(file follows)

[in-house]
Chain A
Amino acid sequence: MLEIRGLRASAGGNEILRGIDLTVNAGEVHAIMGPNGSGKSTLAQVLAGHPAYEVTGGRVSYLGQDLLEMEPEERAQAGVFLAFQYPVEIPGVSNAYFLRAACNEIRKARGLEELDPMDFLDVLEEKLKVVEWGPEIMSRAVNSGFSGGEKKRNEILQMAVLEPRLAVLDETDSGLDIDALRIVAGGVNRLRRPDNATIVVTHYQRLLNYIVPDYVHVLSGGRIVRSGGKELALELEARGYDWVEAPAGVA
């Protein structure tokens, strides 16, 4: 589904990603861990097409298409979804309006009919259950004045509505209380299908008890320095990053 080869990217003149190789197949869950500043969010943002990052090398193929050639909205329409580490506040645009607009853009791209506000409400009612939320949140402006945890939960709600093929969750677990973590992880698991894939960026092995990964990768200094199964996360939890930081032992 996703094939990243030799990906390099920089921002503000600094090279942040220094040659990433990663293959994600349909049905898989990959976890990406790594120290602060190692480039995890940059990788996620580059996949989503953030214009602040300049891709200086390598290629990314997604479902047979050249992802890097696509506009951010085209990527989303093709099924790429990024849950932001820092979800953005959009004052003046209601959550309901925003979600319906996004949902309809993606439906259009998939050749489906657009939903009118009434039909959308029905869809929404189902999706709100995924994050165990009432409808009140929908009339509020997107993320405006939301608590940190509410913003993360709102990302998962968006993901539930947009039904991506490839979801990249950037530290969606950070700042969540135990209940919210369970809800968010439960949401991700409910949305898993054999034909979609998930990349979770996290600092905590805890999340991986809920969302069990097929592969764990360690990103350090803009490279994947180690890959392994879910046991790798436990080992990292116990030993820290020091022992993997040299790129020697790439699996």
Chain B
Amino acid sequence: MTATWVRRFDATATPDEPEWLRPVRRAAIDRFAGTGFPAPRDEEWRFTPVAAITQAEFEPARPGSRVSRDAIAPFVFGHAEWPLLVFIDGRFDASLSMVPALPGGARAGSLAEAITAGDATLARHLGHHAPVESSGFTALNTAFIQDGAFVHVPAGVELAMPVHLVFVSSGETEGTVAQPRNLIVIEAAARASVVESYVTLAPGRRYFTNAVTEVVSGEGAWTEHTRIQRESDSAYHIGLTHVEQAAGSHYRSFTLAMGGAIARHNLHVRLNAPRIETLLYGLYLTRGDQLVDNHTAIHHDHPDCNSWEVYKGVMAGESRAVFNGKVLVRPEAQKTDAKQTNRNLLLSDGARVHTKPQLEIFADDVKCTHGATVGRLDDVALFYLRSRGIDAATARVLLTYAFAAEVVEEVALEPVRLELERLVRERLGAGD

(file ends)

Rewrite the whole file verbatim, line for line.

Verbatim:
[in-house]
Chain A
Amino acid sequence: MLEIRGLRASAGGNEILRGIDLTVNAGEVHAIMGPNGSGKSTLAQVLAGHPAYEVTGGRVSYLGQDLLEMEPEERAQAGVFLAFQYPVEIPGVSNAYFLRAACNEIRKARGLEELDPMDFLDVLEEKLKVVEWGPEIMSRAVNSGFSGGEKKRNEILQMAVLEPRLAVLDETDSGLDIDALRIVAGGVNRLRRPDNATIVVTHYQRLLNYIVPDYVHVLSGGRIVRSGGKELALELEARGYDWVEAPAGVA
């Protein structure tokens, strides 16, 4: 589904990603861990097409298409979804309006009919259950004045509505209380299908008890320095990053 080869990217003149190789197949869950500043969010943002990052090398193929050639909205329409580490506040645009607009853009791209506000409400009612939320949140402006945890939960709600093929969750677990973590992880698991894939960026092995990964990768200094199964996360939890930081032992 996703094939990243030799990906390099920089921002503000600094090279942040220094040659990433990663293959994600349909049905898989990959976890990406790594120290602060190692480039995890940059990788996620580059996949989503953030214009602040300049891709200086390598290629990314997604479902047979050249992802890097696509506009951010085209990527989303093709099924790429990024849950932001820092979800953005959009004052003046209601959550309901925003979600319906996004949902309809993606439906259009998939050749489906657009939903009118009434039909959308029905869809929404189902999706709100995924994050165990009432409808009140929908009339509020997107993320405006939301608590940190509410913003993360709102990302998962968006993901539930947009039904991506490839979801990249950037530290969606950070700042969540135990209940919210369970809800968010439960949401991700409910949305898993054999034909979609998930990349979770996290600092905590805890999340991986809920969302069990097929592969764990360690990103350090803009490279994947180690890959392994879910046991790798436990080992990292116990030993820290020091022992993997040299790129020697790439699996």
Chain B
Amino acid sequence: MTATWVRRFDATATPDEPEWLRPVRRAAIDRFAGTGFPAPRDEEWRFTPVAAITQAEFEPARPGSRVSRDAIAPFVFGHAEWPLLVFIDGRFDASLSMVPALPGGARAGSLAEAITAGDATLARHLGHHAPVESSGFTALNTAFIQDGAFVHVPAGVELAMPVHLVFVSSGETEGTVAQPRNLIVIEAAARASVVESYVTLAPGRRYFTNAVTEVVSGEGAWTEHTRIQRESDSAYHIGLTHVEQAAGSHYRSFTLAMGGAIARHNLHVRLNAPRIETLLYGLYLTRGDQLVDNHTAIHHDHPDCNSWEVYKGVMAGESRAVFNGKVLVRPEAQKTDAKQTNRNLLLSDGARVHTKPQLEIFADDVKCTHGATVGRLDDVALFYLRSRGIDAATARVLLTYAFAAEVVEEVALEPVRLELERLVRERLGAGD